‘I climb the walls when I’m off,’ he says. ‘I’ve started painting – I’ve had a portrait of Brian Jones on the go for ages, but I haven’t finished it – and I catch up with friends when we’re not busy, but I miss touring.
‘Having time to yourself is great, don’t get me wrong, but there comes a point when I have to get back on the road and start playing rock shows again.’
When the name Oasis is mentioned, Tom has nothing but praise for the band most see as Kasabian’s spiritual predecessors. He’s quick to scotch musical comparisons, saying any similarities are more down to shared values and beliefs than any influences or sound.
Like the Gallagher brothers’ relationship being central to Oasis’ story, the brotherly bond between Tom and Serge, who first met in Leysland High School when they were 12 or 13 and still live in Leicester about a mile away from each other, is equally important to Kasabian’s success, if less fractious.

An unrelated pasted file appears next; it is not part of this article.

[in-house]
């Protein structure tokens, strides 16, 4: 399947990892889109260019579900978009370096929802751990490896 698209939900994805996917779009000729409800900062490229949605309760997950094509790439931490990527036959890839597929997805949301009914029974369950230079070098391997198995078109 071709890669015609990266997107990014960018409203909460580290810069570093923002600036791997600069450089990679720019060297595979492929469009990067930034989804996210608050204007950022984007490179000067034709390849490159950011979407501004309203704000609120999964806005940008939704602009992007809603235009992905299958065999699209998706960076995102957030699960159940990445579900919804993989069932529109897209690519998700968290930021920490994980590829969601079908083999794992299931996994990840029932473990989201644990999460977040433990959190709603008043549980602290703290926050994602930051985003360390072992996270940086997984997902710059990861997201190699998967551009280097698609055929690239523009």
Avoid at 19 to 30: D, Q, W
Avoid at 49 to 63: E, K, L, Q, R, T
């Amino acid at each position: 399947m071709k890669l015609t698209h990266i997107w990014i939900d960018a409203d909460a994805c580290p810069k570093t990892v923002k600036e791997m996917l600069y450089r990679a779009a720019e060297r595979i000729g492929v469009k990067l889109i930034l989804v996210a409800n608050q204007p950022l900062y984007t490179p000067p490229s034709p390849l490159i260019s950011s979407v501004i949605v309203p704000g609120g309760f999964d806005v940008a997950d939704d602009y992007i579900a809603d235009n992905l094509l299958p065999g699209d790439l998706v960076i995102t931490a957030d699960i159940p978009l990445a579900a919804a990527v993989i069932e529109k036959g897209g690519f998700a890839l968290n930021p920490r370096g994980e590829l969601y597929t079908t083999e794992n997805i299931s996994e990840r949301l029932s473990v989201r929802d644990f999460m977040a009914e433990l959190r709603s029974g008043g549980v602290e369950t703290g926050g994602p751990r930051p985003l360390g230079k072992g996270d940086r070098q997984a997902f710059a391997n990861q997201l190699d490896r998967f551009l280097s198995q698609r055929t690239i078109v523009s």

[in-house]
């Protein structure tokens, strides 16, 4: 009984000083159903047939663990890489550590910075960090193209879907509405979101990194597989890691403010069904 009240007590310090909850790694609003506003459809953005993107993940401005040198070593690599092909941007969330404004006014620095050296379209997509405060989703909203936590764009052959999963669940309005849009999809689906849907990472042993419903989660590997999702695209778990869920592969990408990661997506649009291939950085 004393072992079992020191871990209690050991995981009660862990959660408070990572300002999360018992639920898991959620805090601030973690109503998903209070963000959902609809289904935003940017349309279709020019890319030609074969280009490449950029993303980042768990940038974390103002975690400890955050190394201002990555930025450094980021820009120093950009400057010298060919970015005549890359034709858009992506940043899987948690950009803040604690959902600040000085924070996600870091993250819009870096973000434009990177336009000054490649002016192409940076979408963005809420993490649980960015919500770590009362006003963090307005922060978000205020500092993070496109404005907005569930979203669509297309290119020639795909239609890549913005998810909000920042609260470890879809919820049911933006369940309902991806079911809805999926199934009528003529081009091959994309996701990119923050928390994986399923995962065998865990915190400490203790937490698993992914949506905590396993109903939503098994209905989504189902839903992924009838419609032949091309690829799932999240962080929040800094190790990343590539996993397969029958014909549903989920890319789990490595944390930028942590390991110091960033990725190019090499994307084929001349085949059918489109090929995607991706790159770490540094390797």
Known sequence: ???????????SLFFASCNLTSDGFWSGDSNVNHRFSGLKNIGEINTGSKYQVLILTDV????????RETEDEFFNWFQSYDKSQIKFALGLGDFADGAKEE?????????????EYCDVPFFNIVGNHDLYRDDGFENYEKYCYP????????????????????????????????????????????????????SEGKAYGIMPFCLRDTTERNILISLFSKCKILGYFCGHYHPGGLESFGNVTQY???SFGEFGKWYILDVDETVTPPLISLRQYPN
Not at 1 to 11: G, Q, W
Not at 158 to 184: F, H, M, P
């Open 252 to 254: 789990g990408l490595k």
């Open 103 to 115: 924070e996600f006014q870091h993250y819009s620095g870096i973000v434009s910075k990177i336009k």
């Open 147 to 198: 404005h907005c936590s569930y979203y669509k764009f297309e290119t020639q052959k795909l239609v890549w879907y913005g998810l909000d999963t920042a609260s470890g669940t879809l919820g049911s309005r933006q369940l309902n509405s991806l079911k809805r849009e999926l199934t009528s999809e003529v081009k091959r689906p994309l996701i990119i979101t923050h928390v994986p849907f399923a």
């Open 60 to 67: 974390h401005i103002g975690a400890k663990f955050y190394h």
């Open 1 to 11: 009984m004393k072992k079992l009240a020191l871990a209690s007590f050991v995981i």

‘We met years ago and were in the same class in school, but I properly got to know him when we were 17. We’re pretty close, man, and we fall out a bit now and again, a few scrapes here and there, but it’s all good,’ explains Tom.
‘I think I annoy him a lot more than he annoys me. Us lead singers are a rare bunch, but that’s how it is, and I love it.’
Kasabian’s sold-out tour comes to two local venues. On Thursday, July 2, they’ll be appearing at Southampton Guildhall. Then, on Monday 6, the band come to Portsmouth for a show at the Guildhall.